I think you have to invest some time with them (as tight as time is these days) to get good results.
I agree, LM - but it doesn't always work.

I spent a lot of time when I was married talking to my (then) wife (if I could get a word in) handling her and giving her a rub down - but she still turned out to be a vicious snarly old pisser who I was glad to see the back of........................
Full English Brexit, please!

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McFarmer
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Re: Coos

Post by McFarmer » Mon Apr 22, 2019 12:26 pm

Coltheox wrote:
Mon Apr 22, 2019 9:38 am
Lord Muck wrote:
Mon Apr 22, 2019 7:43 am
A friend of mine has slowly been growing his herd over the last few years and has a strict policy of spending time with his cattle, handling and giving them a good rub and a bit of a natter.
He has people come from all over the UK to buy his animals as they have such good temperaments.
I think you have to invest some time with them (as tight as time is these days) to get good results.
I agree, LM - but it doesn't always work.

I spent a lot of time when I was married talking to my (then) wife (if I could get a word in) handling her and giving her a rub down - but she still turned out to be a vicious snarly old pisser who I was glad to see the back of........................
My cows never liked their tits played with.
Measure twice, cut once, curse, repeat.

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dust n diesel
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Re: Coos

Post by dust n diesel » Fri Apr 26, 2019 5:15 pm

Lord Muck wrote:
Mon Apr 22, 2019 7:43 am
A friend of mine has slowly been growing his herd over the last few years and has a strict policy of spending time with his cattle, handling and giving them a good rub and a bit of a natter.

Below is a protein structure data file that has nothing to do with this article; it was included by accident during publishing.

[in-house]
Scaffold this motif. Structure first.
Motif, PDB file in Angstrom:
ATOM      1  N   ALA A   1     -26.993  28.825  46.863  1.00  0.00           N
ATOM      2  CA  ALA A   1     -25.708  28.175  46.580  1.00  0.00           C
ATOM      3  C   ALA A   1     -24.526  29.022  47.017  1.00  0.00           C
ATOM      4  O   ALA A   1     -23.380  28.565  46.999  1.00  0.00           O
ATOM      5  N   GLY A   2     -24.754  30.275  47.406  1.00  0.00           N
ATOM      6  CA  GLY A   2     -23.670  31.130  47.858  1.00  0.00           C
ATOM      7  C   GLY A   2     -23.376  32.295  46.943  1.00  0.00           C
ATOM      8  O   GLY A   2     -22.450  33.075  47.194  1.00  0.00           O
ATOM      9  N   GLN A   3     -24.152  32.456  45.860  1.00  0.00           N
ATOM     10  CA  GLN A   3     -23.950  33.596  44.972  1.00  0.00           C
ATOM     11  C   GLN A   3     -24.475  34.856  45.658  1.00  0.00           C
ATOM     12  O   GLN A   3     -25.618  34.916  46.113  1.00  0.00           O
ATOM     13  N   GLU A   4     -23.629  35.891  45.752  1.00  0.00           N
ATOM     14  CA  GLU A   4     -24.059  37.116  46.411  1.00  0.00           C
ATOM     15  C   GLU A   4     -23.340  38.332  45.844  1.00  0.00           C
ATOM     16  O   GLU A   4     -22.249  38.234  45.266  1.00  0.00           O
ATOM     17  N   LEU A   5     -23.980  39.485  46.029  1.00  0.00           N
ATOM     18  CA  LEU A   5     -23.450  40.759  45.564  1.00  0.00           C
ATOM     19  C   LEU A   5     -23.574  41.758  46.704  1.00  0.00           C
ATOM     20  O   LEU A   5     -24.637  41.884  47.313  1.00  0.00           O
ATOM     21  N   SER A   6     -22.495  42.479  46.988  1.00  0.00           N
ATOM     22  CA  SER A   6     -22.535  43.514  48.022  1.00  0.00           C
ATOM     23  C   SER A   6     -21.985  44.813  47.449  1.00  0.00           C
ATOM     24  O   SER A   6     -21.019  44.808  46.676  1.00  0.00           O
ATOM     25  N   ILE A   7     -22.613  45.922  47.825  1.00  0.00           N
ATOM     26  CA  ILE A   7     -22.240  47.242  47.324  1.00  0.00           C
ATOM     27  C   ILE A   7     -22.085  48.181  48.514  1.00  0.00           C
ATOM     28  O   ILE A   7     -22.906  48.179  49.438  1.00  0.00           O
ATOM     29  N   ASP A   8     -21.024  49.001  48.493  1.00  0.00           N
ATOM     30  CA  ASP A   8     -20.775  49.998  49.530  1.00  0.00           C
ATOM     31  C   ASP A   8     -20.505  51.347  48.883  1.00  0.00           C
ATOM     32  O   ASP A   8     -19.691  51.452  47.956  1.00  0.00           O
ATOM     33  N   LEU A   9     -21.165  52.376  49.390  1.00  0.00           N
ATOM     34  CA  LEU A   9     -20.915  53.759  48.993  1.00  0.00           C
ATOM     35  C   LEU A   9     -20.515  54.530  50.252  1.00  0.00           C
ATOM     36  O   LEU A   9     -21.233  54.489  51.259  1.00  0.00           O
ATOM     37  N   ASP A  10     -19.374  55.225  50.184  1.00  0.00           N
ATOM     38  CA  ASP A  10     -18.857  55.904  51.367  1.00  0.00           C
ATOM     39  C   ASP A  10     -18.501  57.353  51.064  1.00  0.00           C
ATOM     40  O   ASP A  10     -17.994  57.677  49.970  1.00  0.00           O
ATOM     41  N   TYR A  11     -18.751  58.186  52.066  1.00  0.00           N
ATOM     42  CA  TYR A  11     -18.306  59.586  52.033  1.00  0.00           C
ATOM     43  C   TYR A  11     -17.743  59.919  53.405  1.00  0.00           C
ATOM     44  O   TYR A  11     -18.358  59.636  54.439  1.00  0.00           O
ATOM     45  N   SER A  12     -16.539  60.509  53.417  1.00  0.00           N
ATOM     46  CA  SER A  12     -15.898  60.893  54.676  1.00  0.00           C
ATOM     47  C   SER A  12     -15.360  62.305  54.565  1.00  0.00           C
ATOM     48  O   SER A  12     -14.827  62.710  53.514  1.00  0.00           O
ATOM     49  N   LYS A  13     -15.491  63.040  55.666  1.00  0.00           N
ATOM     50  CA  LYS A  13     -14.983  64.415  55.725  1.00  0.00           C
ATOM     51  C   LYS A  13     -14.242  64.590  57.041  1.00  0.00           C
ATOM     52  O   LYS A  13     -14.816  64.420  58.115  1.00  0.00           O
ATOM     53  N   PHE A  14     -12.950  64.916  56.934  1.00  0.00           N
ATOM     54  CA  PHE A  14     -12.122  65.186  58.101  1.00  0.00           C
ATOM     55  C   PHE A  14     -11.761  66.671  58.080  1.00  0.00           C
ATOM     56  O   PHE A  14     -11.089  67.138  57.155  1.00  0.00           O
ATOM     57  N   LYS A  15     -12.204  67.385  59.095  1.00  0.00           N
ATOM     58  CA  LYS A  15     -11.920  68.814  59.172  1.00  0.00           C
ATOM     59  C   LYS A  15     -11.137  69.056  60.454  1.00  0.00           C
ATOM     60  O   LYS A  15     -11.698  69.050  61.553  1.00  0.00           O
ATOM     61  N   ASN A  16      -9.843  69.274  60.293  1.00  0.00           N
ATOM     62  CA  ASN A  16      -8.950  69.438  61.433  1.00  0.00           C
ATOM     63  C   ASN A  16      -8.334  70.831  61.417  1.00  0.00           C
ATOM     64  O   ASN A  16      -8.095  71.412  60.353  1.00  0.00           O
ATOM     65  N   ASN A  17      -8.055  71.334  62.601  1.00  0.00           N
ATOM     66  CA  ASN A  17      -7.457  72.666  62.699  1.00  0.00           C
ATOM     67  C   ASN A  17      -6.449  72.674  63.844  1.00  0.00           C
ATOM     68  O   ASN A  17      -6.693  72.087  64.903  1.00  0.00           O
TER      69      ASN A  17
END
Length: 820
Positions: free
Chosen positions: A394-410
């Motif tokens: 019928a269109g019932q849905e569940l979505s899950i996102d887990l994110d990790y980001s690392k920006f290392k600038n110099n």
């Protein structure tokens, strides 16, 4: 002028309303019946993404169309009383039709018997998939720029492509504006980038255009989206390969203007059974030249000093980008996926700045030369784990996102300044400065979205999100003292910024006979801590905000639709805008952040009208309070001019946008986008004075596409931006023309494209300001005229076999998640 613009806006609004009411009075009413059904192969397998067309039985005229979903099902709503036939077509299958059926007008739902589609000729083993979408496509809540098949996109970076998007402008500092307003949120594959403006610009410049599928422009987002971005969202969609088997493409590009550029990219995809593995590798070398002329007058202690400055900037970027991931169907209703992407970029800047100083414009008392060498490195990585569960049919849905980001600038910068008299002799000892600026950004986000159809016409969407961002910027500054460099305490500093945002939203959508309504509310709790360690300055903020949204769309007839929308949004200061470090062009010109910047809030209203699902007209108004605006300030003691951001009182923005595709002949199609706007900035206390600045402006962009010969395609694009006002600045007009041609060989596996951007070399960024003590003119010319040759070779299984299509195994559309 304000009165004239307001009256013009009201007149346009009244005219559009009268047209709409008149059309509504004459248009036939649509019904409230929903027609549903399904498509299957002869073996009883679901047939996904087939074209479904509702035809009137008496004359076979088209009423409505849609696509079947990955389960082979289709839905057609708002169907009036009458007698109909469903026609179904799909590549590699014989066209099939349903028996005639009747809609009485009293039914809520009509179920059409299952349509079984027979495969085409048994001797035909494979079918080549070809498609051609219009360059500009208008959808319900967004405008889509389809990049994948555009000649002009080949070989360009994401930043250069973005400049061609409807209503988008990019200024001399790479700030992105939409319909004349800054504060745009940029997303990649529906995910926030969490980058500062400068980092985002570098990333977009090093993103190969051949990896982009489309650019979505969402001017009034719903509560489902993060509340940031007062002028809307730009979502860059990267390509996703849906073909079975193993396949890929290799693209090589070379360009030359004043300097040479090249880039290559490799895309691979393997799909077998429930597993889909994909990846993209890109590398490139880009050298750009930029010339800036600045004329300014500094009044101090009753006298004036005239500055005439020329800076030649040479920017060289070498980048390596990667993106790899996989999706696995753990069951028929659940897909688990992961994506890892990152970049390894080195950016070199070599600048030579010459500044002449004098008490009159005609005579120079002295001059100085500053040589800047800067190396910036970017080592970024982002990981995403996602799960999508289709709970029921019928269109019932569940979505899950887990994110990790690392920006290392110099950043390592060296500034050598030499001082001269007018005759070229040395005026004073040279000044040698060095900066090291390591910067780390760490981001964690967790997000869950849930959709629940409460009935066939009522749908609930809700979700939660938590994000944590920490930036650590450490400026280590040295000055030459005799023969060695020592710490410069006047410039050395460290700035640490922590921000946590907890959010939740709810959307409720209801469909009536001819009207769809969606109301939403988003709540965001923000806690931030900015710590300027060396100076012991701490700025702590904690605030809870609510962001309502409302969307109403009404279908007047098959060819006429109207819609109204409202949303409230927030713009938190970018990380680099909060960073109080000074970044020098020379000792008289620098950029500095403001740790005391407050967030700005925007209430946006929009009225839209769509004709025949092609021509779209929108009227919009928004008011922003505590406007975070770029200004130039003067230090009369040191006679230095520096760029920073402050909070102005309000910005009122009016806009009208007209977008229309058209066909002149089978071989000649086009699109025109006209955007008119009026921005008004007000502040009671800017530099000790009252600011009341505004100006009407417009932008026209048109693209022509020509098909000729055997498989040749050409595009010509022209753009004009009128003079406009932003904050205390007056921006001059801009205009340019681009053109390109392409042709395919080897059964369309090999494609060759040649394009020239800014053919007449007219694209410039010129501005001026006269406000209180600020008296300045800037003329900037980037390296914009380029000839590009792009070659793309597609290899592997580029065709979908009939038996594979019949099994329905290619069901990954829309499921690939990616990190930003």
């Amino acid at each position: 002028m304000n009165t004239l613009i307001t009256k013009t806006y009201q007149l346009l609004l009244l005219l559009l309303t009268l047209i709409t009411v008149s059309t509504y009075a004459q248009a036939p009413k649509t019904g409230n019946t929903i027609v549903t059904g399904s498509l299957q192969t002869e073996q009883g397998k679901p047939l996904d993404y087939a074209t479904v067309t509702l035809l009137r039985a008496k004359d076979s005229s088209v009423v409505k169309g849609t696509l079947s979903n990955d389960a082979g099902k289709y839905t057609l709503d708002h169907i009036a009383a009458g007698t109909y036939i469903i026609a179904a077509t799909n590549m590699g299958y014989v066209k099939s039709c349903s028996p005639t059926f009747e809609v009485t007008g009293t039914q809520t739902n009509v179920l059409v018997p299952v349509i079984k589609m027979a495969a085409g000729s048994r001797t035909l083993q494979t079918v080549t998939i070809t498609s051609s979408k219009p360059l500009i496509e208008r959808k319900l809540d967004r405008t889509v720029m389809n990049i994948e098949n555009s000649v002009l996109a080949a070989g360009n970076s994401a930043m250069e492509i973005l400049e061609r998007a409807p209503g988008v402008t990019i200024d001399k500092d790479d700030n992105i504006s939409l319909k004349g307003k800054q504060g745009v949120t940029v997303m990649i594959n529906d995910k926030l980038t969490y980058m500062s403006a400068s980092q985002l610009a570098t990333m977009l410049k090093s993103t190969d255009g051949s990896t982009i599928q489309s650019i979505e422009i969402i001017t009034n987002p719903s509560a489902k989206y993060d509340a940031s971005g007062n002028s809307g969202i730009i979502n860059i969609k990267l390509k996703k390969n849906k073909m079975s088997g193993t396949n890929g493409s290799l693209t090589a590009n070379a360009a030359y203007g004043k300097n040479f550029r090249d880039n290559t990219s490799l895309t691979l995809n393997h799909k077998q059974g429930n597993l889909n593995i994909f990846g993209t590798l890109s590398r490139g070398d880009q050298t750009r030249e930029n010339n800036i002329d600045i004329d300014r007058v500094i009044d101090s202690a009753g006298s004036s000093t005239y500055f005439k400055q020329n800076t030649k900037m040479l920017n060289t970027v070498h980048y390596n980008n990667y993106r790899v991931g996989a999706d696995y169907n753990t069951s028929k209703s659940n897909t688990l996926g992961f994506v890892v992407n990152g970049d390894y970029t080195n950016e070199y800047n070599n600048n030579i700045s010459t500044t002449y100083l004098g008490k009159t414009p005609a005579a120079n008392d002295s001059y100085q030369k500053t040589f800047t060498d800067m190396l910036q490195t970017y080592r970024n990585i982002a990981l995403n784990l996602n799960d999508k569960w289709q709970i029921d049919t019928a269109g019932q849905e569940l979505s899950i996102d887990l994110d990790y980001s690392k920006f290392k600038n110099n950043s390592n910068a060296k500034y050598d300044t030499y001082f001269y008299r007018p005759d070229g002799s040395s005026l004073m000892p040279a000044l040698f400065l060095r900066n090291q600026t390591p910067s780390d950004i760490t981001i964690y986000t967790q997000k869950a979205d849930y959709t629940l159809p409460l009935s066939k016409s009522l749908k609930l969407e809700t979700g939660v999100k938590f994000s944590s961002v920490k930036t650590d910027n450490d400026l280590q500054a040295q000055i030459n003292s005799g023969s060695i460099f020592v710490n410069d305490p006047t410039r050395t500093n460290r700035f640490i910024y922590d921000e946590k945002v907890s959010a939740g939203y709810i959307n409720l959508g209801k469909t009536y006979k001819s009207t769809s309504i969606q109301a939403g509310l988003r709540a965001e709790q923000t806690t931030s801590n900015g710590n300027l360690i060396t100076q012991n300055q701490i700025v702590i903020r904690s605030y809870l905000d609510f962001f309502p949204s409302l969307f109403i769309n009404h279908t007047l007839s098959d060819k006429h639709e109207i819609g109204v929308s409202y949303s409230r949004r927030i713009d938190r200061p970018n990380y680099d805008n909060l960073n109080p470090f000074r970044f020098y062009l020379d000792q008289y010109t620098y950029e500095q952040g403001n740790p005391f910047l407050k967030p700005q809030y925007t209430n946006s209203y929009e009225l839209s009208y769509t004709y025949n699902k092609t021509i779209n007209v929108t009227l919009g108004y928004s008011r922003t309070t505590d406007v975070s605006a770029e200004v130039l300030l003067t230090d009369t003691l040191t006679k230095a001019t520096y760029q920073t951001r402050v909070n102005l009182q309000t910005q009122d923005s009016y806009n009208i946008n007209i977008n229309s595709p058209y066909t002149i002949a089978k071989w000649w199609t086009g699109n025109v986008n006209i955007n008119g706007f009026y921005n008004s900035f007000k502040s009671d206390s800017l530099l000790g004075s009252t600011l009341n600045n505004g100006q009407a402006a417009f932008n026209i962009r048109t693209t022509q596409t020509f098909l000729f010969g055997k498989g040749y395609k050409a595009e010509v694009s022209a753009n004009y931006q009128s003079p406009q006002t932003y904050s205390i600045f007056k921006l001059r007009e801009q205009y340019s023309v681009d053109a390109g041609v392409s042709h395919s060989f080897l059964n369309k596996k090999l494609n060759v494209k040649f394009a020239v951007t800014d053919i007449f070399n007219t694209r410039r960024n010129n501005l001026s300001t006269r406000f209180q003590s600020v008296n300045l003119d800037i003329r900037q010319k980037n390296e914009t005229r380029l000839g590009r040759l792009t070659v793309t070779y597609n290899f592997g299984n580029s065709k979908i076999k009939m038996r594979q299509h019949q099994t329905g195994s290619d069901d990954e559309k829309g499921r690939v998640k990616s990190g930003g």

He has people come from all over the UK to buy his animals as they have such good temperaments.
I think you have to invest some time with them (as tight as time is these days) to get good results.
My brother in law once bought a Limousin cross heifer out the store ring at the mart that nearly cleared the front barrier into the stalls. It looked a great animal for breeding, if a little spirited.

A week or so later the auctioneer came up to see him and asked what he’d done with the wild beast he’d bought, he opened gate into pen, walked upto it and stood and scratched its tail head and rubbed its back. They sometimes just need a little time with people and some handling to calm them.
Please sir, can I have some more?

JM
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Re: Coos

Post by JM » Fri Apr 26, 2019 5:44 pm

My wild one's are generally the type that you cant get close enough for a scratch, got 2 cows left to calve this spring and that will be the lot, bulls not going back in, cows will go fat next winter, I've had enough and want a holiday. 8)
Just a Pembrokeshire twat.

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McFarmer
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Re: Coos

Post by McFarmer » Fri Apr 26, 2019 6:02 pm

JM wrote:
Fri Apr 26, 2019 5:44 pm
My wild one's are generally the type that you cant get close enough for a scratch, got 2 cows left to calve this spring and that will be the lot, bulls not going back in, cows will go fat next winter, I've had enough and want a holiday. 8)

Really ? Not worth it to sell bred cows in the fall ?

I sold mine bred with a calf at side. Good interest.
Measure twice, cut once, curse, repeat.

JM
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Re: Coos

Post by JM » Fri Apr 26, 2019 6:24 pm

McFarmer wrote:
Fri Apr 26, 2019 6:02 pm
JM wrote:
Fri Apr 26, 2019 5:44 pm
My wild one's are generally the type that you cant get close enough for a scratch, got 2 cows left to calve this spring and that will be the lot, bulls not going back in, cows will go fat next winter, I've had enough and want a holiday. 8)

Really ? Not worth it to sell bred cows in the fall ?

I sold mine bred with a calf at side. Good interest.
To be honest I dont think most of them are good enough to sell on. It would probably be a lot more hassle as well.
Just a Pembrokeshire twat.

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footsfitter
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Re: Coos

Post by footsfitter » Fri Apr 26, 2019 6:46 pm

JM wrote:
Fri Apr 26, 2019 5:44 pm
My wild one's are generally the type that you cant get close enough for a scratch, got 2 cows left to calve this spring and that will be the lot, bulls not going back in, cows will go fat next winter, I've had enough and want a holiday. 8)
from the way you post over a year, giving up spuds would enable you have Raggy quantities of holidays :o